A Lot of NY Judges Are Unhappy About 17 Percent Pay Raise - Greedy Associates
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A Lot of NY Judges Are Unhappy About 17 Percent Pay Raise

Attention New York attorneys. The judges you practice in front of are getting a raise. But they're not all that thrilled about it.

New York will be instituting a 17 percent judge pay raise this fiscal year. The planned pay hikes are part of a three-year initiative by the state to raise state judge salaries 27 percent in total.

However, many New York judges aren't too happy with the changes.

Many state judges see it as "too little too late," the ABA Journal reports.

As of April 1, the annual salary for New York trial-level Supreme Court judges will increase from $136,700 to $160,000. In 2013, pay will be raised again to $167,000. The year after that, it will be $174,000.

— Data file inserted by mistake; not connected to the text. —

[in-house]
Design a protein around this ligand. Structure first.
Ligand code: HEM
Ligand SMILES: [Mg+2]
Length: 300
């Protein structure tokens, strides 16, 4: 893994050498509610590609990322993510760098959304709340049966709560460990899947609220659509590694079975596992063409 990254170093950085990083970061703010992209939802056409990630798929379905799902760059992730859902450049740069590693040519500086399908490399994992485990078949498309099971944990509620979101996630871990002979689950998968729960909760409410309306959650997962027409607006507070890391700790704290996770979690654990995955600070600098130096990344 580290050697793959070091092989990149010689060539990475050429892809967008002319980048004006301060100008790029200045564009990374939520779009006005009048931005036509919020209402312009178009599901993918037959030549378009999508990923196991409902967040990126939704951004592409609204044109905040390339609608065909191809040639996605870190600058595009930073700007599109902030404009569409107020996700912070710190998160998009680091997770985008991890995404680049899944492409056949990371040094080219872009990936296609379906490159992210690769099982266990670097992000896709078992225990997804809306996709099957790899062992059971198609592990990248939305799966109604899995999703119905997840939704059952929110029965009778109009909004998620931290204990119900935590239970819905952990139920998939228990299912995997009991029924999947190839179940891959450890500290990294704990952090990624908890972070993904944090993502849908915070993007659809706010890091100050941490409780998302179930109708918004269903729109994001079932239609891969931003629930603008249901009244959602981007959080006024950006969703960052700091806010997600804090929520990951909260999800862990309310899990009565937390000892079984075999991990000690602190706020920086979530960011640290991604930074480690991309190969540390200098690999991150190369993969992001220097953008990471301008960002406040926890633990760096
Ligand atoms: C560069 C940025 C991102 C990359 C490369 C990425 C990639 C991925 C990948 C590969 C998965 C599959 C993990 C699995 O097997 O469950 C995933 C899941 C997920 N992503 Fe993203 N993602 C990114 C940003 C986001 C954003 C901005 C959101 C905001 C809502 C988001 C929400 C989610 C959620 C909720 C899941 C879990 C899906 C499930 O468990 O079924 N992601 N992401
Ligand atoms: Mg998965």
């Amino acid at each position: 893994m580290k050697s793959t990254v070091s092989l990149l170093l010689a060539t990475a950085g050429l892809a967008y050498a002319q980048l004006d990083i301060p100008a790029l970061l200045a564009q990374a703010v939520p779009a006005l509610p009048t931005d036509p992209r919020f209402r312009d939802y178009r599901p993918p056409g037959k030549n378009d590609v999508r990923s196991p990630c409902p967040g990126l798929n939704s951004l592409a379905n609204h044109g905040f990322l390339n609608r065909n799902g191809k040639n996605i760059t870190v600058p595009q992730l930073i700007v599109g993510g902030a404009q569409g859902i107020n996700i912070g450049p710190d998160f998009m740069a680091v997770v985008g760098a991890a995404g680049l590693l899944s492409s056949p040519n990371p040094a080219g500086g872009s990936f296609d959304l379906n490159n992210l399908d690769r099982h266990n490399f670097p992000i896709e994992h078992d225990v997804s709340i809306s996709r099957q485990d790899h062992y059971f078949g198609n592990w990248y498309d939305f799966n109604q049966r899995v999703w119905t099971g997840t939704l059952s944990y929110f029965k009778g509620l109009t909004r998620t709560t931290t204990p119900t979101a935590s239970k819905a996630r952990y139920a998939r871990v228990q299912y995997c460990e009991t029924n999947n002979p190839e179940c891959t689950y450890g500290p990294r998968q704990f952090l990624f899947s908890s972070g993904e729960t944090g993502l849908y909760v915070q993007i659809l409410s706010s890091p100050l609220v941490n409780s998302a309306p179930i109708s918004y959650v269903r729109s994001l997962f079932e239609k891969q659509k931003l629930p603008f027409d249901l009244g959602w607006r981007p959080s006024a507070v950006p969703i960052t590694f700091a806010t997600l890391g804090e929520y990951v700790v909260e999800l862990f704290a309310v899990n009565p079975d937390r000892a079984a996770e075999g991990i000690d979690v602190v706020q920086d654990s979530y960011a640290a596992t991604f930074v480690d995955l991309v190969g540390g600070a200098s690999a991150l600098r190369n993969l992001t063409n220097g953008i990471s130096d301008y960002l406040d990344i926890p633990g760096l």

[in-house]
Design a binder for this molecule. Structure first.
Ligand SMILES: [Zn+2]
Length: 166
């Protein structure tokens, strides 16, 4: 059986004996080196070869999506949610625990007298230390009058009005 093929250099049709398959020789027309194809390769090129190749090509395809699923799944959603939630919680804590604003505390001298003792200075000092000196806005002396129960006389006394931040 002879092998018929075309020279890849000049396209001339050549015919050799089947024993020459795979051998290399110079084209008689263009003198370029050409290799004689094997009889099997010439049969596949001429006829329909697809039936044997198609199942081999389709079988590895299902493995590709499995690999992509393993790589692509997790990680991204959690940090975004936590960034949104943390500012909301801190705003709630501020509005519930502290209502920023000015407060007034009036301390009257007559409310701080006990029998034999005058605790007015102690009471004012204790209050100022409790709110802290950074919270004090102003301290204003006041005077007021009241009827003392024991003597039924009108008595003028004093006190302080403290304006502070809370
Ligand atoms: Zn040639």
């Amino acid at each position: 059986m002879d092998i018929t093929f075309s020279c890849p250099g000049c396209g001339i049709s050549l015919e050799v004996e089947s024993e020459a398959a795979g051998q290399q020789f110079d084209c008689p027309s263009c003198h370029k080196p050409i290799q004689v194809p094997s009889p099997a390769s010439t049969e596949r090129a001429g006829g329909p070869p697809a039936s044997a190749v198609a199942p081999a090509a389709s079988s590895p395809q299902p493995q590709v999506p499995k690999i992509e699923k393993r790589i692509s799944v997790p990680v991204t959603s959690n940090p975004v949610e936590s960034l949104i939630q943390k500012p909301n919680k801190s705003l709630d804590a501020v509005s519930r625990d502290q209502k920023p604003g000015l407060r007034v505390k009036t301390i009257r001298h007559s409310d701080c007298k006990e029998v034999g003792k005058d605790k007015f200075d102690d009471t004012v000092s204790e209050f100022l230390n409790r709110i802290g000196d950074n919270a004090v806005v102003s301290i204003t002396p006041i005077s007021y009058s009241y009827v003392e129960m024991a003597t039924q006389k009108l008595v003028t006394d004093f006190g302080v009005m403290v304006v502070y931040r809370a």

Judges presiding on New York's highest court, the Court of Appeals, will see their salaries bumped up from the current $151,200 to $192,500 by 2014. The Chief Judge's pay will be raised from $156,000 to $198,600 in the same time period.

Despite the scheduled salary increases, "several judges remain bitter," the ABA Journal reports. This round of raises will be the first for New York judges in 12 years.

While some may scoff at the judges' reactions to the six-figure incomes, especially considering that the national average wage was $41,673.83 in 2010. To maintain the same standard of living as those in the rest of the country, New York judges would have to earn over double that amount.

For instance, a study released in 2009 revealed that a New Yorker would have to earn $123,322 annually to match the standard of living of a Houston resident earning $50,000 a year, the New York Daily News reports.

Many judges have left the bench due to issues over pay. Judicial turnover was nearly 1 in 10.

For now, it remains to be seen if the planned judge pay raises will be enough to keep everyone happy. The promise of higher salaries for judges can be tempting in New York, where partners at private law firms can earn more than $1 million annually.

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